Anyway, point I am getting at is that I think you should continue to be patient. Some landlords might try to jack up their rents by 20% to justify why they paid a 20% premium, people who just got out with some positive equity might rush into these for a little bit but ultimately rents are tied to income, not lower carrying costs. I believe the slowdown in ownership and new construction will lead to a recession, that recession will lead to job loss and lower the amount landlords are able to charge. A tenant with a good paying job can leave you’re rental for the one across the hall if its price drops and yours doesn’t. This could lead to more and more landlords becoming cash flow negative. As you said rent prices jumped big time in the last couple years. Let’s see how many of the smarter landlords who purchased in the last couple years allowed for even 15% correction in rent prices.

      • Reply
        Mmr 2 weeks ago

        I don’t know how it works. I rented same unit in 2012 for only 1650 even then it cover all my expenses. My agent last year told me it’s going for 3000. I was shocked to see people will pay this much so I told her no one in right mind will pay this much. Within 48 hour multiple people applied and it was rented. Is it really shortage of supply? Or too many immigrants? I don’t know. But I personally benefited if I am honest with high rental in Toronto. Things might change who knows. Time will tell.

        • Reply
          Grizzly Guys 2 weeks ago

          Sounds like you are in a solid position.

          • Mmr 2 weeks ago

            I am fortunate because I didn’t not by anything Toronto after 2011. honestly i didn’t have any money left to buy anymore. Maybe that’s turn out to be blessing I didn’t. Life is funny how things turn out.

        • Reply
          Tommy 2 weeks ago

          Very happy for you Mmr. Given your numbers, you are virtually immune to market fluctuations at this point. Vacancy rates are at their lowest, so competition is fierce. With rent controls in place, tenants that are paying less than market rents are digging in and not leaving their rental unit which causes further decreases in available units.

  • Reply
    Bluetheimpala 2 weeks ago

    totally agree Grizz.
    Very interesting read: https://www.quora.com/What-caused-the-1989-Toronto-housing-bubble-burst

    I see a lot of the same symptoms but specifically a stretch of ‘good times’ where businesses are booming and near record unemployment resulting in a run up in wages. Despite what many want to believe a new university educated worker is making more than 5-8 years ago. In advertising a starting position was $25-30K and is now $35-45K in most cases and I’ve observed that trend when I moved into software; even customer support is making $40K a year. This applies to those 8-10 years in; almost everyone I know is making $70K with many in the low $100K, that’s individual not HHI. With low rates everyone could finally get into housing circa 2013, which was great however rates never corrected and speculators entered after seeing the bonkers returns. Prices just kept going up and consumers started overextending themselves. Governments and industry liked the windfall and we kept the train going. People were making a ton and FOMO took hold in 2016-2017. Then HELOCs and other debt instruments blew up as well as community lending. I think you’re correct; there is much more at play than some exuberance and salary appreciation.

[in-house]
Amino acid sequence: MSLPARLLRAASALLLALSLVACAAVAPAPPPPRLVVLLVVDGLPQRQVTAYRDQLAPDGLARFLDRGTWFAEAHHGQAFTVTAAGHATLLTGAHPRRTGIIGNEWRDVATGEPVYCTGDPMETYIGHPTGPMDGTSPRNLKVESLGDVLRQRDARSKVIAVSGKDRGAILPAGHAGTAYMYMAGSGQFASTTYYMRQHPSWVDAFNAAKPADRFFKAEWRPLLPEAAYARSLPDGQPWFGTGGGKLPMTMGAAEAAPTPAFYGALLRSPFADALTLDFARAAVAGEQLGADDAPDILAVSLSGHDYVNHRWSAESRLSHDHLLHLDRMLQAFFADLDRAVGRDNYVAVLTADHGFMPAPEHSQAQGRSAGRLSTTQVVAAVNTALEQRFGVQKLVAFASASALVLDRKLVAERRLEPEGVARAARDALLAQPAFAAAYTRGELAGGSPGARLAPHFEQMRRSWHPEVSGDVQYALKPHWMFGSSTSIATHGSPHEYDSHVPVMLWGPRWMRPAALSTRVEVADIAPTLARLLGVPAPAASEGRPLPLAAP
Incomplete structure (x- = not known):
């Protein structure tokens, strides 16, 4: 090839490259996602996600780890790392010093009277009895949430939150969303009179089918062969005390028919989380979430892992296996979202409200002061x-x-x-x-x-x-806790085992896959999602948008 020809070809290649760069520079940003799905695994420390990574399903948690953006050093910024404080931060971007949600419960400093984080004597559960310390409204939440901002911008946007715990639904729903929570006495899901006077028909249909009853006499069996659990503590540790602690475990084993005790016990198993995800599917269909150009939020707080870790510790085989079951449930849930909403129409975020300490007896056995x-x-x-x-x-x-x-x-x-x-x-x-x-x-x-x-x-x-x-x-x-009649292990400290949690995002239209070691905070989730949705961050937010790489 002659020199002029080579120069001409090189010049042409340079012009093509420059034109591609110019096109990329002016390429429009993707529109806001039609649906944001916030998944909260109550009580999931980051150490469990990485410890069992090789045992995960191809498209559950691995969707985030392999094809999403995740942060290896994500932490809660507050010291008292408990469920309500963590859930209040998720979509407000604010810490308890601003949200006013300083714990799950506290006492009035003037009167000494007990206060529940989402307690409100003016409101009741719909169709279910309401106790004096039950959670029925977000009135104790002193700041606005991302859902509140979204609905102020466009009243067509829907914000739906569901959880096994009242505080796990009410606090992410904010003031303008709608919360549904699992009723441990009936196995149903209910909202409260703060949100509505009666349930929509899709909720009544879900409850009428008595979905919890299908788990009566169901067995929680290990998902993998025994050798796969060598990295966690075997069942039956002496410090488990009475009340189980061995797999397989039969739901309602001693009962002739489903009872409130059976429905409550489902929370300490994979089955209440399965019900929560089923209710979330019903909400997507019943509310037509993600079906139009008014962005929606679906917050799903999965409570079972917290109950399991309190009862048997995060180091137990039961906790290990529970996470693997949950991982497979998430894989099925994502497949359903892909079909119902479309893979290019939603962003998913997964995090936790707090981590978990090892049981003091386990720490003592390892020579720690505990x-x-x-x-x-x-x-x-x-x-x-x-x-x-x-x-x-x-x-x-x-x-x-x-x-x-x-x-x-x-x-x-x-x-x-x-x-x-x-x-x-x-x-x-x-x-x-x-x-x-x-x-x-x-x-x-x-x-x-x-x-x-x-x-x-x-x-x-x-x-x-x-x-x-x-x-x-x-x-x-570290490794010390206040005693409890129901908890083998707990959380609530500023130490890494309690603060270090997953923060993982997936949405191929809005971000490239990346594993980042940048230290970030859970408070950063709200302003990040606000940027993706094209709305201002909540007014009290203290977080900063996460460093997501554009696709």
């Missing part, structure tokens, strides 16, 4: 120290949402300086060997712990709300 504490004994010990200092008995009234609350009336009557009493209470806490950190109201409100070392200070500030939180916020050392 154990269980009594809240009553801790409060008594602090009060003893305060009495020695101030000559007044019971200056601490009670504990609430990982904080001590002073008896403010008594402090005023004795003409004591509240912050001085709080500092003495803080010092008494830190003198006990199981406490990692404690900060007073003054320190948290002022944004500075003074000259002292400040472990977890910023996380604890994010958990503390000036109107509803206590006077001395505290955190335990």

• Reply
      Grizzly Guys 2 weeks ago

      Very interesting read. Looks like they touch on some very similar forces to today.

      Another interesting point I have come across. Some people blame the response to the US housing bubble to the measures taken after the dot com bubble. The US slashed rates, a ton of investment now looked for somewhere new to go and then flooded housing which had already been increasing for a long time.

      In 2014, the Oil price bubble blew. Canada slashed rates in half. 1% to .5% Housing started to pick up further in 2015 then went crazy in 2016-2017.